Usdaw claims Lidl’s warehouse staff have raised concerns over poor health and safety

Activists from trade union Usdaw targeted staff at seven Lidl distribution centres this week as it stepped up its campaign to be officially recognised by the discounter.

Usdaw claims Lidl’s warehouse staff have raised concerns over poor health and safety, unreasonable volume of work, not receiving reasonable notice of rotas, unpaid hours after the shift has finished and discrimination and bullying from managers.

“Usdaw regularly receives feedback from Lidl’s distribution staff, who are generally unhappy about their treatment at work and say morale can be pretty low. Usdaw’s campaign is based on their concerns and experiences,” said Usdaw general secretary elect Paddy Lillis. “The company now needs to sit down with Usdaw, the independent trade union representing their staff, so we can work to overcome these significant issues. Many Lidl workers are joining Usdaw and we urge others to sign up to the union, so that Usdaw can help get them a better deal and be a strong voice at work for when things are going wrong.”

He added: “We urge the company to end their continued opposition to trade unions and meet with Usdaw to talk about recognising us as the trade union for Lidl staff.”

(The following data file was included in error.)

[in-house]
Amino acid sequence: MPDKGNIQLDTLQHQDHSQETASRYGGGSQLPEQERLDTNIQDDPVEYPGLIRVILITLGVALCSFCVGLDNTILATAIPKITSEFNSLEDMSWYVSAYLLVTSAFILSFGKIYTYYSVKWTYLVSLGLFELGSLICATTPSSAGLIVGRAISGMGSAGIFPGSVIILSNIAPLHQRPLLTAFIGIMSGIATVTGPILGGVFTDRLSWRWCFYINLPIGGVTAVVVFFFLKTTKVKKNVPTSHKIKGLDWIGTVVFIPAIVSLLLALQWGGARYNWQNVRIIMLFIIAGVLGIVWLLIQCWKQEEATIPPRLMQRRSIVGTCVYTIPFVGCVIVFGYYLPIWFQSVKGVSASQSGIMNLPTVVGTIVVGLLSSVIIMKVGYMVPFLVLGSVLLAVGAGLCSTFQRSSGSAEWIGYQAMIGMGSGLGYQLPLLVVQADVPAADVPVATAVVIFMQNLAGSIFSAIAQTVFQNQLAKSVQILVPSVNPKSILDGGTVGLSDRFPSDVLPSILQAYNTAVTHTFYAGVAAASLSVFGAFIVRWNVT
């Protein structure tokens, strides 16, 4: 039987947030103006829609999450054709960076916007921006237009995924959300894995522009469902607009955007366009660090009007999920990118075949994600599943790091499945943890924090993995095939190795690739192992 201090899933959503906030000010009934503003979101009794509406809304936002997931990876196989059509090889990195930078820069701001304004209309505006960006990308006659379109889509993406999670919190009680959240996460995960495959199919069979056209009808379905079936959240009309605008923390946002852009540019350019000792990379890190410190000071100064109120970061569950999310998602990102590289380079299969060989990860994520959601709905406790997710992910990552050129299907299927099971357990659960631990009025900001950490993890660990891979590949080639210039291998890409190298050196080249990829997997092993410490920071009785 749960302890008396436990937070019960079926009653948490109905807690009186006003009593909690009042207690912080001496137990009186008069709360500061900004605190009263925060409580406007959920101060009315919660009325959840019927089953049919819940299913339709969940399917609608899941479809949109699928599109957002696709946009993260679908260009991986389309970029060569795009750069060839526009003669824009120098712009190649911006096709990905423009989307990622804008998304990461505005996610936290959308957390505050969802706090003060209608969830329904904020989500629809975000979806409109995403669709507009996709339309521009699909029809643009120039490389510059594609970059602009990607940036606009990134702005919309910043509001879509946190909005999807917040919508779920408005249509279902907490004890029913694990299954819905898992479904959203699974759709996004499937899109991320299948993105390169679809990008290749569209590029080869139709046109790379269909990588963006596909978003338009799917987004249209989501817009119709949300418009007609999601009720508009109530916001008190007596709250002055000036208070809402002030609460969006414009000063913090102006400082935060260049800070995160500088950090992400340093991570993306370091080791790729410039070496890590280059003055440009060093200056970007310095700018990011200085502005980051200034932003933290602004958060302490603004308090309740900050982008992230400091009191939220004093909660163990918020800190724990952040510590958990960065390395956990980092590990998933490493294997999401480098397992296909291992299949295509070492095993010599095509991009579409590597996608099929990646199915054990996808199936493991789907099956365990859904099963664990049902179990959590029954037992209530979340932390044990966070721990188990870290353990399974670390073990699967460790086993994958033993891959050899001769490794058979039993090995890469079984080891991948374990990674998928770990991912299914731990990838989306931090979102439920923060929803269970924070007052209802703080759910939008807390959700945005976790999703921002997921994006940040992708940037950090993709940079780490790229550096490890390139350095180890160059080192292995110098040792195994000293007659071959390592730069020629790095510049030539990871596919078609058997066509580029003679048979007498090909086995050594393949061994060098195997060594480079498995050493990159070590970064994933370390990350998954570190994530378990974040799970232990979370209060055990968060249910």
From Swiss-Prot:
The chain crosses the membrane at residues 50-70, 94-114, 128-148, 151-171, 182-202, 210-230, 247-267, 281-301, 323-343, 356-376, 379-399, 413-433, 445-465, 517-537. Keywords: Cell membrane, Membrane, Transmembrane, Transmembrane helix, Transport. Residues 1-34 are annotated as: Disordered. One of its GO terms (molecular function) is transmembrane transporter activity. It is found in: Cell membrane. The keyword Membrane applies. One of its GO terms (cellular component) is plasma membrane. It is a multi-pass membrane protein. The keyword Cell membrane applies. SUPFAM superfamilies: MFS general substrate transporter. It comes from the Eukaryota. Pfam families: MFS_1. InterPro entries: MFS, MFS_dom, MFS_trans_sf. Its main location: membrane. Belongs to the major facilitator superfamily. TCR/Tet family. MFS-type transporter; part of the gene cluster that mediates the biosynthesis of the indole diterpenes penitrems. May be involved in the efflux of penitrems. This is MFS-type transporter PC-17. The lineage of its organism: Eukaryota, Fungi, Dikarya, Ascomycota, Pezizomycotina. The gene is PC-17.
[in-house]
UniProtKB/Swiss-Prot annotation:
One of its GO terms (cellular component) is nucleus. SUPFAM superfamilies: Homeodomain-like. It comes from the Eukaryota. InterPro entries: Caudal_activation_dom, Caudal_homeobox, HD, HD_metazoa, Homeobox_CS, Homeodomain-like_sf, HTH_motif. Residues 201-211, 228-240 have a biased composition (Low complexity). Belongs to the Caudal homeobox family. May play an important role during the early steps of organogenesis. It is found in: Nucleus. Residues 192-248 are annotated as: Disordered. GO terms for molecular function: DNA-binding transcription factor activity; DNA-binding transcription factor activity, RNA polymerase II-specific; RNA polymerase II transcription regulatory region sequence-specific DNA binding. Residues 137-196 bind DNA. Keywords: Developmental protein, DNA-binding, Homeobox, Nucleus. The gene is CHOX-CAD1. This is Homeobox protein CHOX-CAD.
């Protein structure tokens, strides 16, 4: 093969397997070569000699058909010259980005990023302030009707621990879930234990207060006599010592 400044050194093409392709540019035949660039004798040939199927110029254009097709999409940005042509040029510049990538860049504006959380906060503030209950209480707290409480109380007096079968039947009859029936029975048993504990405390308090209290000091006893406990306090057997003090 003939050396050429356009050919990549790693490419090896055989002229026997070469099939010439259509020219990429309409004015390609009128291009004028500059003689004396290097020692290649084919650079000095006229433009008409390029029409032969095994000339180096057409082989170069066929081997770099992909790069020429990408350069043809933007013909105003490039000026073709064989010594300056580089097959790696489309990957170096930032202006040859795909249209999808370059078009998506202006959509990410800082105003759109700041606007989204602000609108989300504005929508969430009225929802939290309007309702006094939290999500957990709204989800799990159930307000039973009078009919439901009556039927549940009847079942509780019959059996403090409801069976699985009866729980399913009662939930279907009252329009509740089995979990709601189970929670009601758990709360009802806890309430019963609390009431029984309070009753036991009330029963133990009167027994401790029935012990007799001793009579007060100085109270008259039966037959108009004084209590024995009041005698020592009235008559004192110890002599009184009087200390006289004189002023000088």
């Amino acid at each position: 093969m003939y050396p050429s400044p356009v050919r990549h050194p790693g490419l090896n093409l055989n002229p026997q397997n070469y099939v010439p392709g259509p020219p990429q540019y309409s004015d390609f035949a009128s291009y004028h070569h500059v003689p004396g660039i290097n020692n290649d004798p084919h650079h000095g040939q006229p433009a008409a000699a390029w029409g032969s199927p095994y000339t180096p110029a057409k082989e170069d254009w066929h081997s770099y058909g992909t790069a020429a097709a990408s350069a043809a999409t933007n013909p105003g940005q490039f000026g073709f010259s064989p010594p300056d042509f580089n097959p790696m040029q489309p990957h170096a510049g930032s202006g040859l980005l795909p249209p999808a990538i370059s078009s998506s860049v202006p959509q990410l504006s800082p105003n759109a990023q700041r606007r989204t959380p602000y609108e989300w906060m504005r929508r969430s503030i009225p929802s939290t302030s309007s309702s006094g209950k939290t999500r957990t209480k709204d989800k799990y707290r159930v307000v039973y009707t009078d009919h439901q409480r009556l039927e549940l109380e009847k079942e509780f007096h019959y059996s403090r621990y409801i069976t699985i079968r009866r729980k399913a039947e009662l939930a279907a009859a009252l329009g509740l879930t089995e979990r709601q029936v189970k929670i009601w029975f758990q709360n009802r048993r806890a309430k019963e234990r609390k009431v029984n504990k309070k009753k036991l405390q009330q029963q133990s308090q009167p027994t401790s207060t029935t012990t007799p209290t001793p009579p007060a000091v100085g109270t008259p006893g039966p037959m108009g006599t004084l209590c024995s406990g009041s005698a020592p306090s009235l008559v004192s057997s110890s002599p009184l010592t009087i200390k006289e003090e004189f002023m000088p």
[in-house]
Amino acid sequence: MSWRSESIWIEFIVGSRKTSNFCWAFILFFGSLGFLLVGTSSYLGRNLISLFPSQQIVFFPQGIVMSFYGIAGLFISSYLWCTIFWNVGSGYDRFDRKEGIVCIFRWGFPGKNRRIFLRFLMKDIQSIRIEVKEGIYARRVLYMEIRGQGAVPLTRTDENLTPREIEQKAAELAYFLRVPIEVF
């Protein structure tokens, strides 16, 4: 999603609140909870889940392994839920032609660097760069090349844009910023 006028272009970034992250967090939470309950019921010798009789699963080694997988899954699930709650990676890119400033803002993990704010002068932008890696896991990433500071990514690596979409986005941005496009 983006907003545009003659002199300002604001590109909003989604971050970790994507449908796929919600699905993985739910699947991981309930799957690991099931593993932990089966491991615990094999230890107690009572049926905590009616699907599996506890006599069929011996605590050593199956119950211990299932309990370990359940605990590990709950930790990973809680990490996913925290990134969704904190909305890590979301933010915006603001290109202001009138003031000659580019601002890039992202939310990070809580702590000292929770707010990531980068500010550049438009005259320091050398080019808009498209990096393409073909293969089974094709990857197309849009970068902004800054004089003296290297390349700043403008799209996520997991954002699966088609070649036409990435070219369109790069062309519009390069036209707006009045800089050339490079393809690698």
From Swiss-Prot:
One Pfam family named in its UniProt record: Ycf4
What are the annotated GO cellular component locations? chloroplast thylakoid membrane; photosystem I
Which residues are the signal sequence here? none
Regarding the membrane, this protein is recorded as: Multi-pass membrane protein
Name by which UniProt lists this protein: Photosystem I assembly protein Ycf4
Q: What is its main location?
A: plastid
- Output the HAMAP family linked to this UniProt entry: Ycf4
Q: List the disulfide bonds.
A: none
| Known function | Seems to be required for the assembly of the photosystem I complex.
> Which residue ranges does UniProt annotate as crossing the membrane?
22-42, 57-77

However a Lidl spokeswoman told The Grocer that union recognition was not necessary.

“We value direct communication… with our employees and want to be the kind of employer where people don’t feel they need to pay a union to represent them. Our commitment to fairness across our entire workforce forms a central part of our core values, and we are dedicated to nurturing a collaborative environment that is based on open and direct lines of communication,” she said.”

“As a responsible retailer, we are committed to ensuring that our employees receive a high level of internal support and are provided with entitlements that go above and beyond statutory standards. This includes longer basic holiday packages, which increase with length of service. In 2015, we also became the first British supermarket to adopt the living wage, as recommended by the Living Wage Foundation, directly benefitting over 50% of our workforce. In November 2017 we announced that this will be increased further, in addition to giving over 16,000 of our hourly paid employees a pay rise, effective from this month. As a result, our employees are amongst the best paid in the industry.”